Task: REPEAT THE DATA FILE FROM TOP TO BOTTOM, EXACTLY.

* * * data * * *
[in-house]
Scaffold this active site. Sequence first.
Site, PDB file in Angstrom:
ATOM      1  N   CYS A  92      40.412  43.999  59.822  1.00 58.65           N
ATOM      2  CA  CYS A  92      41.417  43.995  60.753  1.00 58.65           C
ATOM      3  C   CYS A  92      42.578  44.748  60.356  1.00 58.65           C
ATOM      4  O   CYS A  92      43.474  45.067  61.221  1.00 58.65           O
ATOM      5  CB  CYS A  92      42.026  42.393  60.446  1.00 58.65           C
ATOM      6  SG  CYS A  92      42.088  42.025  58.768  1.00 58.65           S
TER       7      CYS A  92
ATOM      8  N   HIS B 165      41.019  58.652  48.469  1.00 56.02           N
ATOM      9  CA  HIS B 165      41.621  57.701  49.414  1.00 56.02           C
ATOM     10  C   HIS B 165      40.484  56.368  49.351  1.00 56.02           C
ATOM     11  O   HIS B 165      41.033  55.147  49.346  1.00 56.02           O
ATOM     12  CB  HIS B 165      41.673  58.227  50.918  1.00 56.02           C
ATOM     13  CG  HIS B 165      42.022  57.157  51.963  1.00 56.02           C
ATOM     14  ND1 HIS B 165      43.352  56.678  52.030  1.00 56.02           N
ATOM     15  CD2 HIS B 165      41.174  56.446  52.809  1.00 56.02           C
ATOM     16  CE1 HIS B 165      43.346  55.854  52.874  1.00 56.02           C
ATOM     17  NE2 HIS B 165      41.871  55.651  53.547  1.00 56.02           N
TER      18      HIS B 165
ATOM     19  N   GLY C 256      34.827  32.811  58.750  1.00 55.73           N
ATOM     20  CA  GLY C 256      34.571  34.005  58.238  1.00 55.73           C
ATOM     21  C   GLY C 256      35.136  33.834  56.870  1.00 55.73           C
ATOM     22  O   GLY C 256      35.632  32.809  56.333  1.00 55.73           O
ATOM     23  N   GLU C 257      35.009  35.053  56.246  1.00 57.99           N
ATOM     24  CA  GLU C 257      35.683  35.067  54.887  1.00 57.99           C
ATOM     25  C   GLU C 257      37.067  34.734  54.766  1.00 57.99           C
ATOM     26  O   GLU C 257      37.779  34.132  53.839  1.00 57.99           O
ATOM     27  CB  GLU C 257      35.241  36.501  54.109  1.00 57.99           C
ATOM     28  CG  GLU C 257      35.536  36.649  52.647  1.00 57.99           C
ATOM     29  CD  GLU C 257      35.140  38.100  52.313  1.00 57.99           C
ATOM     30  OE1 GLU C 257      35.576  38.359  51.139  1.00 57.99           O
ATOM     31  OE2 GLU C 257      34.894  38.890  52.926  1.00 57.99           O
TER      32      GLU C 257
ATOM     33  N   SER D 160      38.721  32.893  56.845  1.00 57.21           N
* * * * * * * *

[in-house]
Scaffold this active site. Sequence first.
Site, PDB file in Angstrom:
ATOM      1  N   CYS A  92      40.412  43.999  59.822  1.00 58.65           N
ATOM      2  CA  CYS A  92      41.417  43.995  60.753  1.00 58.65           C
ATOM      3  C   CYS A  92      42.578  44.748  60.356  1.00 58.65           C
ATOM      4  O   CYS A  92      43.474  45.067  61.221  1.00 58.65           O
ATOM      5  CB  CYS A  92      42.026  42.393  60.446  1.00 58.65           C
ATOM      6  SG  CYS A  92      42.088  42.025  58.768  1.00 58.65           S
TER       7      CYS A  92
ATOM      8  N   HIS B 165      41.019  58.652  48.469  1.00 56.02           N
ATOM      9  CA  HIS B 165      41.621  57.701  49.414  1.00 56.02           C
ATOM     10  C   HIS B 165      40.484  56.368  49.351  1.00 56.02           C
ATOM     11  O   HIS B 165      41.033  55.147  49.346  1.00 56.02           O
ATOM     12  CB  HIS B 165      41.673  58.227  50.918  1.00 56.02           C
ATOM     13  CG  HIS B 165      42.022  57.157  51.963  1.00 56.02           C
ATOM     14  ND1 HIS B 165      43.352  56.678  52.030  1.00 56.02           N
ATOM     15  CD2 HIS B 165      41.174  56.446  52.809  1.00 56.02           C
ATOM     16  CE1 HIS B 165      43.346  55.854  52.874  1.00 56.02           C
ATOM     17  NE2 HIS B 165      41.871  55.651  53.547  1.00 56.02           N
TER      18      HIS B 165
ATOM     19  N   GLY C 256      34.827  32.811  58.750  1.00 55.73           N
ATOM     20  CA  GLY C 256      34.571  34.005  58.238  1.00 55.73           C
ATOM     21  C   GLY C 256      35.136  33.834  56.870  1.00 55.73           C
ATOM     22  O   GLY C 256      35.632  32.809  56.333  1.00 55.73           O
ATOM     23  N   GLU C 257      35.009  35.053  56.246  1.00 57.99           N
ATOM     24  CA  GLU C 257      35.683  35.067  54.887  1.00 57.99           C
ATOM     25  C   GLU C 257      37.067  34.734  54.766  1.00 57.99           C
ATOM     26  O   GLU C 257      37.779  34.132  53.839  1.00 57.99           O
ATOM     27  CB  GLU C 257      35.241  36.501  54.109  1.00 57.99           C
ATOM     28  CG  GLU C 257      35.536  36.649  52.647  1.00 57.99           C
ATOM     29  CD  GLU C 257      35.140  38.100  52.313  1.00 57.99           C
ATOM     30  OE1 GLU C 257      35.576  38.359  51.139  1.00 57.99           O
ATOM     31  OE2 GLU C 257      34.894  38.890  52.926  1.00 57.99           O
TER      32      GLU C 257
ATOM     33  N   SER D 160      38.721  32.893  56.845  1.00 57.21           N